Steve Halasey, CLP.

Steve Halasey, CLP.

Last month, the US Preventive Services Task Force (USPSTF) issued updated recommendations for colorectal cancer screening, reinforcing its previous recommendation that adults aged 50–75 be screened for colorectal cancer.1 This recommendation continues to receive USPSTF’s highest rating—an “A” grade—indicating that the evidence is convincing that screening for colorectal cancer has substantial benefits.

Of the cancers affecting both men and women, colorectal cancer (cancer of the colon or rectum) is the second leading cancer killer in the United States. Screening can find precancerous polyps—abnormal growths in the colon or rectum—so they can be removed before turning into cancer. Screening also helps find colorectal cancer at an early stage, when it is easier to treat. But only a little more than half of the target population is up-to-date with screening.

Through the National Colorectal Cancer Roundtable, US government agencies and their partners in private and voluntary organizations have set a goal that at least 80% of adults aged 50–75 will be screened for colorectal cancer. A recently published study conducted by researchers at the Centers for Disease Control and Prevention (CDC) shows that the US healthcare system has the capacity to make this goal a reality.2

“Colorectal cancer is the second leading cancer killer for men and women in the United States, but it doesn’t have to be,” says Djenaba Joseph, MD, MPH, medical director of the colorectal cancer control program at CDC and lead author of the study. “Screening saves lives. The good news is that our modeling shows that the US healthcare system has the potential to meet our national goal of screening 80% of adults ages 50–75.”

To determine if the United States could expand its screening capacity, CDC researchers used mathematical modeling to estimate the number of colonoscopies or fecal immunochemical tests (FIT) that would be necessary every year to screen for colorectal cancer for 80% of adults in the recommended age group. They found that 5.1 million to 13 million colonoscopies would need to be conducted per year, depending on which screening test was first used.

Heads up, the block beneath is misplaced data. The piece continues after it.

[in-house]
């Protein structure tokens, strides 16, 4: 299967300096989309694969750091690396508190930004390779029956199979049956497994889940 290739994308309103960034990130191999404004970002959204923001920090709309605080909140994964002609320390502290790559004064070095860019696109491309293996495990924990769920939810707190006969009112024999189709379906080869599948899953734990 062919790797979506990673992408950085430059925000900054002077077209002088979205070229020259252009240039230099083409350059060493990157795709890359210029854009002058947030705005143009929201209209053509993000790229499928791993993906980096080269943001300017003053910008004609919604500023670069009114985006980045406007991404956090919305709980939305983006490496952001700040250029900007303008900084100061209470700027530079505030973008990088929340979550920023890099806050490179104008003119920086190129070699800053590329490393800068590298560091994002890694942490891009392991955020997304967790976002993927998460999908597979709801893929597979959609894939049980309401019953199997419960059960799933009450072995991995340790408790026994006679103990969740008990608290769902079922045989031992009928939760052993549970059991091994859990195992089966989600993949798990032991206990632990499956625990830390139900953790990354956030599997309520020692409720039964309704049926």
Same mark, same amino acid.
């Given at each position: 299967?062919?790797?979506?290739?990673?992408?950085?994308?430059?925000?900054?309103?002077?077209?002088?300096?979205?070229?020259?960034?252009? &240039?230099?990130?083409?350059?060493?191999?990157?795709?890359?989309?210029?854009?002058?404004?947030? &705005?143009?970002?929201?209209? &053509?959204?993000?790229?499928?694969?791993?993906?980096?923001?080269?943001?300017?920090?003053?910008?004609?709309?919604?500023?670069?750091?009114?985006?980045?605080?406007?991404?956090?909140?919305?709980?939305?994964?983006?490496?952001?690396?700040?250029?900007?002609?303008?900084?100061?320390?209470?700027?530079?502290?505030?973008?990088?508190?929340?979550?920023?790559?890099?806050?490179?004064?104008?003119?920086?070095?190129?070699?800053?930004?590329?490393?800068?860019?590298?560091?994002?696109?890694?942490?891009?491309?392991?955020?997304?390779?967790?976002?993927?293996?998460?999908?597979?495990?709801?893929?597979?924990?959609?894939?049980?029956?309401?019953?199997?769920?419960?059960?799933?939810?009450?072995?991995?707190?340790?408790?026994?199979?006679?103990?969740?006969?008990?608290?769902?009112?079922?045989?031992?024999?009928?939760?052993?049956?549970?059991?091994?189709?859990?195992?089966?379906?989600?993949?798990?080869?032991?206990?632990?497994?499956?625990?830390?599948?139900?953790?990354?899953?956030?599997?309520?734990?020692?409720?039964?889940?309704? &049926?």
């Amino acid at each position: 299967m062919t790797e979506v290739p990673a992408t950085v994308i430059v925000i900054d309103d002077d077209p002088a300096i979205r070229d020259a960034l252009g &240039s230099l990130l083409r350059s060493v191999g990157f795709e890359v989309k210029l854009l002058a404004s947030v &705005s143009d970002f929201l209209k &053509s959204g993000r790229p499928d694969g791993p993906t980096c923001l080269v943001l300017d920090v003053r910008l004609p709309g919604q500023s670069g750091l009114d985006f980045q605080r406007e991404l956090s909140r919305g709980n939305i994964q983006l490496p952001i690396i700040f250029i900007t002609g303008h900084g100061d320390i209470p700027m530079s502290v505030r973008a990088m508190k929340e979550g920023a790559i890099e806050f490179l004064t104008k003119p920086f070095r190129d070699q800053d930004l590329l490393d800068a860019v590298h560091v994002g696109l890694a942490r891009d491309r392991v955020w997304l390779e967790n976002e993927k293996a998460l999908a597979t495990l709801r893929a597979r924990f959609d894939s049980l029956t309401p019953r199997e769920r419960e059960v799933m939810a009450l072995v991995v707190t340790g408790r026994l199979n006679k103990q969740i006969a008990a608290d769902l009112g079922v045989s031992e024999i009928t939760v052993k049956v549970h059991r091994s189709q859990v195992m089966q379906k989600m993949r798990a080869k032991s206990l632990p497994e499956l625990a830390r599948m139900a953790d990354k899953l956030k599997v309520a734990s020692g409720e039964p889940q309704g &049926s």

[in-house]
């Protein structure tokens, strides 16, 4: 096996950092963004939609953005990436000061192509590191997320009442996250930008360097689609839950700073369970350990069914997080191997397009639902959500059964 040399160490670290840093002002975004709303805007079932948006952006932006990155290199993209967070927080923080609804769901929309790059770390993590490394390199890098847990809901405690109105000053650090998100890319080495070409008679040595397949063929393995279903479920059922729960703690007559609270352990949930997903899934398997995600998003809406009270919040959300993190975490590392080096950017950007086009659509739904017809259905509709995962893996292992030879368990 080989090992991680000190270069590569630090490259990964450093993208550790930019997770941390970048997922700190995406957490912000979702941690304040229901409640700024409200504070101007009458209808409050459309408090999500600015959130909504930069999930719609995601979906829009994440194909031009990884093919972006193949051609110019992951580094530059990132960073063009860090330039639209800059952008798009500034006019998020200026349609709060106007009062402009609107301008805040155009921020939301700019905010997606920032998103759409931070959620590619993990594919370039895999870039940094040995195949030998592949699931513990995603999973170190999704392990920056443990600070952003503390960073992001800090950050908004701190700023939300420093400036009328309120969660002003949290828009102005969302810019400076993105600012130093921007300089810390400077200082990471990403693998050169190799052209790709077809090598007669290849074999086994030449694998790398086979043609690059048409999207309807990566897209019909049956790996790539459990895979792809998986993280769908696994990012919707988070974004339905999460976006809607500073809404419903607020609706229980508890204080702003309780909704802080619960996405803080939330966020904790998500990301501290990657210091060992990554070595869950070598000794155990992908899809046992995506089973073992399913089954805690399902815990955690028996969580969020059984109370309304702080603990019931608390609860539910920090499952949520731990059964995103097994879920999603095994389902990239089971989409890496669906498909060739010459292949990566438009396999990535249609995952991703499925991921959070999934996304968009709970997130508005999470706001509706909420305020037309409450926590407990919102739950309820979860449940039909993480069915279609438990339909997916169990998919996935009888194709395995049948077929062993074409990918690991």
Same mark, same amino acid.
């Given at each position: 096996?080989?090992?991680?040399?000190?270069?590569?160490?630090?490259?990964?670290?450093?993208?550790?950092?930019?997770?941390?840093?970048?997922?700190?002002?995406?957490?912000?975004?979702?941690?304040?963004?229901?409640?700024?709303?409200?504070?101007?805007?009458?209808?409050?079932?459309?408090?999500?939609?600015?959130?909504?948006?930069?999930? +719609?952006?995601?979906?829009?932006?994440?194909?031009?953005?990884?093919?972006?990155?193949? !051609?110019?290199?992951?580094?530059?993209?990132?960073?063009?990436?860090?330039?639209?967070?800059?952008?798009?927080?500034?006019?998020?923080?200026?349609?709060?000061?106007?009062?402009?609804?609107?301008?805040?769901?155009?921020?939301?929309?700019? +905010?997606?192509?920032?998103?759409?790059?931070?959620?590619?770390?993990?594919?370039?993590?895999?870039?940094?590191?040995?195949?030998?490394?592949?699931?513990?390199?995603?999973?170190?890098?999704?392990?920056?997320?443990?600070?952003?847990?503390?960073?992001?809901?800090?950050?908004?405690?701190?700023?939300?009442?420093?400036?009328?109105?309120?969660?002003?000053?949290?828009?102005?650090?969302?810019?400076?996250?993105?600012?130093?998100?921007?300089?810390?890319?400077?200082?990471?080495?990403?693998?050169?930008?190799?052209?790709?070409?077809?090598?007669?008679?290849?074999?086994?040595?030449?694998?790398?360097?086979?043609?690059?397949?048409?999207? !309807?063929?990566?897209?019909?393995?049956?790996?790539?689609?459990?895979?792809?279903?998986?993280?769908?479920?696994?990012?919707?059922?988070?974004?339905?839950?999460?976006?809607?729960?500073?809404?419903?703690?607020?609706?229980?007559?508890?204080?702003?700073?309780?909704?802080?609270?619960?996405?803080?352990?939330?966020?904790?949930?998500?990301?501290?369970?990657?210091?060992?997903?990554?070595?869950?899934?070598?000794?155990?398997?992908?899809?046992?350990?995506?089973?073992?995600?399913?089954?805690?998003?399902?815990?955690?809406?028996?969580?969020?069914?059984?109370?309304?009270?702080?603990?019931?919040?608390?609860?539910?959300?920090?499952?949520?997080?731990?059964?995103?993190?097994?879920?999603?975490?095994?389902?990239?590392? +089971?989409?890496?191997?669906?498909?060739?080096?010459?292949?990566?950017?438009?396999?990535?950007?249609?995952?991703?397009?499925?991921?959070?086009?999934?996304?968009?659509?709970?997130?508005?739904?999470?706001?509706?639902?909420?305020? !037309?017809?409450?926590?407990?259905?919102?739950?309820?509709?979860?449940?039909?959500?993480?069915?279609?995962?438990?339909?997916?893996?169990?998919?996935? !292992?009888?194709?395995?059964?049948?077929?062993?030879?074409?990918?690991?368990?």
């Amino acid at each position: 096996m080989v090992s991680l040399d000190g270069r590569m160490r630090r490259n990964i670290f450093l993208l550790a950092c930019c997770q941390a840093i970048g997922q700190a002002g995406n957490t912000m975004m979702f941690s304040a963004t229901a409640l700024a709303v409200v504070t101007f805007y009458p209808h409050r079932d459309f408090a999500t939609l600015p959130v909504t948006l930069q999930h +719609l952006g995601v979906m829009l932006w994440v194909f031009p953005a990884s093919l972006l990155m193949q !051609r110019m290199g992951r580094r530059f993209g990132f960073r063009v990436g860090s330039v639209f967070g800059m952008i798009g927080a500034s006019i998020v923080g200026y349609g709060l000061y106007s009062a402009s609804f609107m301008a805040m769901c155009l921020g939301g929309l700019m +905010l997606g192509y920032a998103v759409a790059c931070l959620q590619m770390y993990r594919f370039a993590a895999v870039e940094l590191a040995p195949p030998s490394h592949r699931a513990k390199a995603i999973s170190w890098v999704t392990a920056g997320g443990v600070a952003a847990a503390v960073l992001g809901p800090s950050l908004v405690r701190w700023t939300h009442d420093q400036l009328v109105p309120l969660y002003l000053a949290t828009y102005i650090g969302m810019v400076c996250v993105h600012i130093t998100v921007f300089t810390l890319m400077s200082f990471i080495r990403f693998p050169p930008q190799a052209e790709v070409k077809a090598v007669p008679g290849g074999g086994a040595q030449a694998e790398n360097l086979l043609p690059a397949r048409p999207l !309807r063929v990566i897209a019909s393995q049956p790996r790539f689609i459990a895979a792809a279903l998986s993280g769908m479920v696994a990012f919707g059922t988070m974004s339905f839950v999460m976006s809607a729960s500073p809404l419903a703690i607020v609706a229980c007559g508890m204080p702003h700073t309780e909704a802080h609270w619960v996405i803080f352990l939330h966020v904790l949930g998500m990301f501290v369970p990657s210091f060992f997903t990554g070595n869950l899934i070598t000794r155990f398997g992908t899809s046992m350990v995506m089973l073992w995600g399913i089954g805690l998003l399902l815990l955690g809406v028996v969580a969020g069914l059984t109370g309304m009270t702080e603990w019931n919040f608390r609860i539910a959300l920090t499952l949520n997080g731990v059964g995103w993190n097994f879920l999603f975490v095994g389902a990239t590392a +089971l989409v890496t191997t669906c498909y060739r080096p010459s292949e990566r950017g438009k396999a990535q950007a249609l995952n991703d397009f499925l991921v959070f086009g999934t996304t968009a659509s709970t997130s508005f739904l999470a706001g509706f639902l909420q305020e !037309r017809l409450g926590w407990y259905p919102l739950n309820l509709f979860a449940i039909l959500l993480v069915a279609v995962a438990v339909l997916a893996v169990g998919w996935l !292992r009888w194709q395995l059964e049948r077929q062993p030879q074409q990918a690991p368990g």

The analysis also used survey data from facilities that perform colonoscopies to determine the number of colonoscopies that are performed in the United States every year—and to calculate how many more they could do. The survey showed that 15 million colonoscopies were performed in the United States in 2012, and that another 10.5 million colonoscopies could be performed every year.

For more about current practice guidelines and technologies for colorectal cancer screening, register to attend CLP’s upcoming webcast “Colorectal Cancer: An Overview of Risk Factors and Screening Tools,” featuring Francesca M. Ruggiero, MD, associate professor of pathology at Penn State College of Medicine. The registration page is available at

Steve Halasey
Chief Editor, CLP
[email protected]
(626) 219-0199


  1. US Preventive Services Task Force. Screening for colorectal cancer: US Preventive Services Task Force recommendation statement. JAMA. 2016;315(23):2564–2575; doi: 10.1001/jama.2016.5989.
  1. Joseph DA, Meester RG, Zauber AG, et al. Colorectal cancer screening: estimated future colonoscopy need and current volume and capacity. Cancer. 2016; Epub ahead of print; doi: 10.1002/cncr.30070.